In the latest of a series of articles on early women members of the Royal Astronomical Society published in Astronomy and Geophysics, Sara Russell asks how Agnes Mary Clerke, who never went to school or university, became a highly respected science writer whose achievements stand alongside those of Mary Somerville. This blog post is a summary of Russell’s article which looks at the life and achievements of Agnes Clerke, one of the few women to be made an honorary member of the Royal Astronomical Society at a time when they were barred from the Fellowship.
It is interesting that Agnes Clerke was compared to Mary Somerville. Like Somerville, Agnes was mainly educated at home, although her parents were more supportive of her interest in science than those of Mary Somerville. As an adult, Agnes Clerke had a degree of financial independence, in common with other women who were made honorary members. However, Agnes operated within limitations imposed by society as a whole and by the Royal Astronomical Society in particular.
It appears that Agnes was also critically aware of her own strengths and weaknesses; her loyalty to her family led her to turn down at least one prestigious offer of employment. Russell paints a picture of a woman who nevertheless made the most of opportunities available to her, by serving on the Council of the British Astronomical Association, and learning observational astronomy under the aegis of David Gill at the Cape of Good Hope.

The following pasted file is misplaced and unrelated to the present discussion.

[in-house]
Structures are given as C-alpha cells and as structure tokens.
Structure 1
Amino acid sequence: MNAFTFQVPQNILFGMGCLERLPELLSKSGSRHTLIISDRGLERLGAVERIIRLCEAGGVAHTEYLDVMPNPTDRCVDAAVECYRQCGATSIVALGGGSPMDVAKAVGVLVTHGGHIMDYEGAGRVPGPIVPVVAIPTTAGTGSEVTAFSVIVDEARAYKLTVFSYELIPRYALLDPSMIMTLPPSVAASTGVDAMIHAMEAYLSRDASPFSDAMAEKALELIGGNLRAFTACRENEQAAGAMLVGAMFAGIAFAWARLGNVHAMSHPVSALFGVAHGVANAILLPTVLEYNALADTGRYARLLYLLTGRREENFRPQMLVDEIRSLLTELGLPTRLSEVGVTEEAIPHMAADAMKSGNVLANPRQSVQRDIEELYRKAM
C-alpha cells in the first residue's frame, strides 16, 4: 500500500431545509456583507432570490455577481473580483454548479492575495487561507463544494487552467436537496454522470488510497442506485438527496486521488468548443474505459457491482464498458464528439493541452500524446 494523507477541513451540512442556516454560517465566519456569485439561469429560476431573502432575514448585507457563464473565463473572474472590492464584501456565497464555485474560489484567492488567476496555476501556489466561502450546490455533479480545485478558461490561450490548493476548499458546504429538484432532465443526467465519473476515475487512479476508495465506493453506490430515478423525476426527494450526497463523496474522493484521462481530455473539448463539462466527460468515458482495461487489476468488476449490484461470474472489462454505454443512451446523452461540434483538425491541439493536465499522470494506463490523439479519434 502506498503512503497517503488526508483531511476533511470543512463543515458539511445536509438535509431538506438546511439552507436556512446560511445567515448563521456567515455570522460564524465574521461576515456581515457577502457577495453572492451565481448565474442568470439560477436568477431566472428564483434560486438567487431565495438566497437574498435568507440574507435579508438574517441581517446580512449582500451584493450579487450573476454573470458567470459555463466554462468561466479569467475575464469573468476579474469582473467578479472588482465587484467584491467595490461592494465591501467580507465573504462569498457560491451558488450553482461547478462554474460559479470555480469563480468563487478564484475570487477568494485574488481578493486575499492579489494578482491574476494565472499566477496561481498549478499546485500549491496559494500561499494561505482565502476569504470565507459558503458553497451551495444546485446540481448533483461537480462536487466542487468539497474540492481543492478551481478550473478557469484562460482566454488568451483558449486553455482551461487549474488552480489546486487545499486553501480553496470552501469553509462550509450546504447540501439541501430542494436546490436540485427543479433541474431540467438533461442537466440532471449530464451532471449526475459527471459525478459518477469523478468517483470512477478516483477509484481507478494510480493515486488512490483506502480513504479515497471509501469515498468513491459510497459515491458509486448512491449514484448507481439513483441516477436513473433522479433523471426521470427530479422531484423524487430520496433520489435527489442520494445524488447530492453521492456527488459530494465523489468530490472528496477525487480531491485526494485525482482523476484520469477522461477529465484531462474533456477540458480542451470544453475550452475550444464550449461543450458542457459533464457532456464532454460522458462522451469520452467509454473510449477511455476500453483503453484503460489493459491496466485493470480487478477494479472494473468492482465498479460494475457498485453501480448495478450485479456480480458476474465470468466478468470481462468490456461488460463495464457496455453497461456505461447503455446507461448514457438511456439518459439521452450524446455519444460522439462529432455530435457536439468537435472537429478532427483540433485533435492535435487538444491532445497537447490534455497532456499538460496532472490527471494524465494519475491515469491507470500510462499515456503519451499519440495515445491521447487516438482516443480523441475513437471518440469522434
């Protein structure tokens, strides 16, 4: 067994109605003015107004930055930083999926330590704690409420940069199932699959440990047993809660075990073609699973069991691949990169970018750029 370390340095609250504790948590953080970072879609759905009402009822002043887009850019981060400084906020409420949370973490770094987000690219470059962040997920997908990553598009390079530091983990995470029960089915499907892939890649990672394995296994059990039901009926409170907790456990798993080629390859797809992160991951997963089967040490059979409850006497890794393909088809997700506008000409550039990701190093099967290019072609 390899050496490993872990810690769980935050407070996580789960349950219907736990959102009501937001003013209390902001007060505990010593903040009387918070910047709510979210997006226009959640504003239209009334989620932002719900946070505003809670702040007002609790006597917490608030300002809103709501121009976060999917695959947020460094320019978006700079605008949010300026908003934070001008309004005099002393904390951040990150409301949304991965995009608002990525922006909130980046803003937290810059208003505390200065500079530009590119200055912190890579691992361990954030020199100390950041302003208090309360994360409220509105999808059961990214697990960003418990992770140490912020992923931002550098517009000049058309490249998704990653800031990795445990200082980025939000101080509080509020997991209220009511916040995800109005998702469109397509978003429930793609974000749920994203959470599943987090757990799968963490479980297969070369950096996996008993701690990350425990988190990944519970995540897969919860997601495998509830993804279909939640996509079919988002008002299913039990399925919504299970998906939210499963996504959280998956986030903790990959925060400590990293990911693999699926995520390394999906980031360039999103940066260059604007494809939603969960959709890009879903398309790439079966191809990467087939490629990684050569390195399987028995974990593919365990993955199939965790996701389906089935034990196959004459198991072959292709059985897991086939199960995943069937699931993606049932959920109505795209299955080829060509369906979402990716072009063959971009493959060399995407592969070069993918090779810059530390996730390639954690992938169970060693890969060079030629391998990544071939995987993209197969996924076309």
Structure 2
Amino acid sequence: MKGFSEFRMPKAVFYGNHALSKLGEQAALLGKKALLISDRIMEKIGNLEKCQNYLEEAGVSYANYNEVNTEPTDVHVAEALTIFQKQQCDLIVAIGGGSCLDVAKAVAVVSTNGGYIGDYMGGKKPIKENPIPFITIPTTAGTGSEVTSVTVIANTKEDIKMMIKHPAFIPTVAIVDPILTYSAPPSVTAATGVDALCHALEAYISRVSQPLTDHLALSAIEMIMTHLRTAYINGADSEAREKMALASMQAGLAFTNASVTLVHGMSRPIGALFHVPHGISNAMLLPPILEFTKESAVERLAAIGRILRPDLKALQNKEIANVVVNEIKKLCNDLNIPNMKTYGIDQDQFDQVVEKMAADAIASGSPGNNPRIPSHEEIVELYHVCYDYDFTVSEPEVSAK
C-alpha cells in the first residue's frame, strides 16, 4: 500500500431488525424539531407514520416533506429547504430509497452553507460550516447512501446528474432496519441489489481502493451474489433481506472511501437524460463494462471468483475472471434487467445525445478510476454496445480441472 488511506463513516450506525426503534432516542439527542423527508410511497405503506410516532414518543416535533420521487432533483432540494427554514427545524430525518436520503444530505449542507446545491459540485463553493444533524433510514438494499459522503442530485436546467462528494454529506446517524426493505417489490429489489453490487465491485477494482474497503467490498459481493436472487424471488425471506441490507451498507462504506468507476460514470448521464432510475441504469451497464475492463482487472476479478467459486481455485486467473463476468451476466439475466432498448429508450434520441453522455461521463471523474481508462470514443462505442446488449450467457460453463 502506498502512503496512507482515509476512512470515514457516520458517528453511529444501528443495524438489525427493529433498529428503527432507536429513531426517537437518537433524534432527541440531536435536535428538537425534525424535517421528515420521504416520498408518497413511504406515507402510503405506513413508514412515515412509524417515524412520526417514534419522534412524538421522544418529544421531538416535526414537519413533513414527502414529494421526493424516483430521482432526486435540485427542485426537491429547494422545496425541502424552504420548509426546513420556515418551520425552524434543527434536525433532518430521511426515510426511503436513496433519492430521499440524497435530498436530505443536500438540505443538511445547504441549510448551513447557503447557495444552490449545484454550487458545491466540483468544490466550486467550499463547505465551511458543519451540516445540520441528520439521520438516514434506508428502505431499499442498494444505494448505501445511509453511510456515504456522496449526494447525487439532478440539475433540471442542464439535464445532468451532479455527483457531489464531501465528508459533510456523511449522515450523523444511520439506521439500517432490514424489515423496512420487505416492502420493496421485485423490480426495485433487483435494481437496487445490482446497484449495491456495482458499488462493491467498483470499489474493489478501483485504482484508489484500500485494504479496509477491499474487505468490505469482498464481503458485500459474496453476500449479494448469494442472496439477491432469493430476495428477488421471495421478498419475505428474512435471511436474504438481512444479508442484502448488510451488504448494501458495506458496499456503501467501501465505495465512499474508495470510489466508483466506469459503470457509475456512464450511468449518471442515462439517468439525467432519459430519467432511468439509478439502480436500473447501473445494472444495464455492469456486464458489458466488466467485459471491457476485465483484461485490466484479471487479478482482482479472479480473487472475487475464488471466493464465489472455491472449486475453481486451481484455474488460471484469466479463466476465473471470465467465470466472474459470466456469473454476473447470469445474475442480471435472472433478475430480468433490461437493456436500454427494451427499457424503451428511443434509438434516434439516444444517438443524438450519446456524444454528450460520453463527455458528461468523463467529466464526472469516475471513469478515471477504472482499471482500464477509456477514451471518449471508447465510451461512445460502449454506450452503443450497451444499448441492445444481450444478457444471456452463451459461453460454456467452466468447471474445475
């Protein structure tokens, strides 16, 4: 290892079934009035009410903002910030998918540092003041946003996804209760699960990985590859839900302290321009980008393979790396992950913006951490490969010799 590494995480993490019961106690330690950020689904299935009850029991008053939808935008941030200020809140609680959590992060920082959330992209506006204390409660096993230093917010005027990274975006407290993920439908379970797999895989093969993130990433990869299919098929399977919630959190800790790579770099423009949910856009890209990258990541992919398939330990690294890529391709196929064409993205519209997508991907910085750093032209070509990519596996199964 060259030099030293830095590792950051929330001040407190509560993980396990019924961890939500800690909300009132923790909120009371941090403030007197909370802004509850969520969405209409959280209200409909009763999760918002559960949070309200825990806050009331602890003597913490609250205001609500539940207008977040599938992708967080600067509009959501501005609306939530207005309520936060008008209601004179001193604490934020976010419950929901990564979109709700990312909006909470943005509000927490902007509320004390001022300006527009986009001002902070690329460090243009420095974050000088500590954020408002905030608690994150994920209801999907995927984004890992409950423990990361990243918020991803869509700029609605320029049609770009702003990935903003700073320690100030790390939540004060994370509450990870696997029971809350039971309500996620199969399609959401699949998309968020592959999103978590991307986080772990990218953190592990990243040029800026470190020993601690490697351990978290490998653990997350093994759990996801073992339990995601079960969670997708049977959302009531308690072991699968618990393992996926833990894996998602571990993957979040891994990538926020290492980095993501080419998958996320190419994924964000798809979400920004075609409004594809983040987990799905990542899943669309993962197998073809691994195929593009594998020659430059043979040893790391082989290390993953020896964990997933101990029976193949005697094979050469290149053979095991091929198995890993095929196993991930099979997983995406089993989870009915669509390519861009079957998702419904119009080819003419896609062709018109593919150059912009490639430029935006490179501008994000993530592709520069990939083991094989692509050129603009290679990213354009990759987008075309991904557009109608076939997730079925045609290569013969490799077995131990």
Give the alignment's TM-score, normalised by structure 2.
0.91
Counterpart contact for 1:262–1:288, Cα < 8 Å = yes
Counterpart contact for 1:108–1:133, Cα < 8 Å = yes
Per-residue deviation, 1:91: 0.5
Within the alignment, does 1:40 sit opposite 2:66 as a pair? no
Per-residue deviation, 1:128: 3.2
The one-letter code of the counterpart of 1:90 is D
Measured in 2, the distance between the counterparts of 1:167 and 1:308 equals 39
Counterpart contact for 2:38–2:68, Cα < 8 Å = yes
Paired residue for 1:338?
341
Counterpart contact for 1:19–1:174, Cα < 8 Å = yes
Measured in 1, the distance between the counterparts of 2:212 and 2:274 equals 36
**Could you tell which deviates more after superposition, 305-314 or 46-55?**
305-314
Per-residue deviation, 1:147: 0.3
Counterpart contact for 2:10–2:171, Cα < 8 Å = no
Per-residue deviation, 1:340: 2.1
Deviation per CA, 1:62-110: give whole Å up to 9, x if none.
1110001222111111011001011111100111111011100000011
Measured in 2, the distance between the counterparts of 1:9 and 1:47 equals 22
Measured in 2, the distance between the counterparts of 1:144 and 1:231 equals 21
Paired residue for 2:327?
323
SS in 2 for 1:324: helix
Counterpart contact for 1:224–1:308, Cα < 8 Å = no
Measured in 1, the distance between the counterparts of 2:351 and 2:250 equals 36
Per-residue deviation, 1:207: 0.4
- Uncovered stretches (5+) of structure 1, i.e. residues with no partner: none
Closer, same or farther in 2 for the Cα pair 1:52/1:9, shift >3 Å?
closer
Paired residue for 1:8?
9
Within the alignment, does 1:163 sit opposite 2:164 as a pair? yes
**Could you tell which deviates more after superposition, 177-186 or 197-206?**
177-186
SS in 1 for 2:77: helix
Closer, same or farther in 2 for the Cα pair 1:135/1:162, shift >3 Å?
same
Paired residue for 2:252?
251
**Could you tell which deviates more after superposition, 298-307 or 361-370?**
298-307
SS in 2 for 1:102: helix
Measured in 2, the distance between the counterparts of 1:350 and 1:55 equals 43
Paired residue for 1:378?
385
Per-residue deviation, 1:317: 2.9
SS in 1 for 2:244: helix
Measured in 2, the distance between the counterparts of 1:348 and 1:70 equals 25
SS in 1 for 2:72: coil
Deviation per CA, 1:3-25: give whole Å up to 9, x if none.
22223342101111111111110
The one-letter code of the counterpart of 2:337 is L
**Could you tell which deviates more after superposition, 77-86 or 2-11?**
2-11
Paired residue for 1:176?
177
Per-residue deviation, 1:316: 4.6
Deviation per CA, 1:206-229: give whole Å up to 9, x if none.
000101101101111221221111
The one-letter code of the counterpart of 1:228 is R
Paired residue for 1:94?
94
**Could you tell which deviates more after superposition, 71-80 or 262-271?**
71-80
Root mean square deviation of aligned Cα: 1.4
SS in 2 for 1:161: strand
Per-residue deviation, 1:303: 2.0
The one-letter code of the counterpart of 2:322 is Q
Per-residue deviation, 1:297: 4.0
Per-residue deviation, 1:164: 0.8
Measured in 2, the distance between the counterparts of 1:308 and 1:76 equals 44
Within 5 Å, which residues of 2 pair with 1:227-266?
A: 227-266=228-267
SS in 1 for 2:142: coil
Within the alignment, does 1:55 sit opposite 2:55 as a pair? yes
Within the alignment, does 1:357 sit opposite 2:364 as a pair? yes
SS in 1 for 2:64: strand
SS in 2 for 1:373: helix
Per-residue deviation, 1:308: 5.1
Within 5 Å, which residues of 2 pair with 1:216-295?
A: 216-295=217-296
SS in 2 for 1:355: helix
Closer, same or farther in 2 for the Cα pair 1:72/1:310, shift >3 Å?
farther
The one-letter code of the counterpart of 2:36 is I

Agnes Clerke had such breadth and depth of knowledge that she could write authoritatively about the history of astronomy as well as the new discipline of astrophysics. The Royal Astronomical Society finally recognised her remarkable body of work in 1903, when she was made an honorary member at the same time as her friend, Lady Margaret Huggins. Sara Russell poignantly speculates on what work Clerke could have carried out if more professional opportunities had been open to her.
You can read more about Agnes Mary Clerke on the Astronomy and Geophysics website.
Russell, S. (2016), “Agnes Mary Clerke: stars, systems, problems”, Astronomy & Geophysics, 57(3) 3.16-3.17.